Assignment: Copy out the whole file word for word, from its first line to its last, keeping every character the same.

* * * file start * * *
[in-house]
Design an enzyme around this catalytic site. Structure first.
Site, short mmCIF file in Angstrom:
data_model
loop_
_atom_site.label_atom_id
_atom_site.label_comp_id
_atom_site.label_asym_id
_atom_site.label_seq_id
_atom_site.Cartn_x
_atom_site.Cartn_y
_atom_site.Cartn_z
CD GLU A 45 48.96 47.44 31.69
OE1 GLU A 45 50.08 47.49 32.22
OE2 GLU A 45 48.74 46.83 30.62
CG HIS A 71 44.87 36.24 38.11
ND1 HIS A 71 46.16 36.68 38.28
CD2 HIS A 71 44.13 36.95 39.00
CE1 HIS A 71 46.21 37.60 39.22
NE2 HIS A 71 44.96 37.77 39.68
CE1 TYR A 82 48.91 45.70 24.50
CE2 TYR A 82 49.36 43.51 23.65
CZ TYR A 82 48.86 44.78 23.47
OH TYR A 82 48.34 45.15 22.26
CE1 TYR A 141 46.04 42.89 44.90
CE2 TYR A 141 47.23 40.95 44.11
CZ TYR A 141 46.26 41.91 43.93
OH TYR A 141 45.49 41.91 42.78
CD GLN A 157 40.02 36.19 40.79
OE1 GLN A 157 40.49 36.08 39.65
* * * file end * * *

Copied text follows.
[in-house]
Design an enzyme around this catalytic site. Structure first.
Site, short mmCIF file in Angstrom:
data_model
loop_
_atom_site.label_atom_id
_atom_site.label_comp_id
_atom_site.label_asym_id
_atom_site.label_seq_id
_atom_site.Cartn_x
_atom_site.Cartn_y
_atom_site.Cartn_z
CD GLU A 45 48.96 47.44 31.69
OE1 GLU A 45 50.08 47.49 32.22
OE2 GLU A 45 48.74 46.83 30.62
CG HIS A 71 44.87 36.24 38.11
ND1 HIS A 71 46.16 36.68 38.28
CD2 HIS A 71 44.13 36.95 39.00
CE1 HIS A 71 46.21 37.60 39.22
NE2 HIS A 71 44.96 37.77 39.68
CE1 TYR A 82 48.91 45.70 24.50
CE2 TYR A 82 49.36 43.51 23.65
CZ TYR A 82 48.86 44.78 23.47
OH TYR A 82 48.34 45.15 22.26
CE1 TYR A 141 46.04 42.89 44.90
CE2 TYR A 141 47.23 40.95 44.11
CZ TYR A 141 46.26 41.91 43.93
OH TYR A 141 45.49 41.91 42.78
CD GLN A 157 40.02 36.19 40.79
OE1 GLN A 157 40.49 36.08 39.65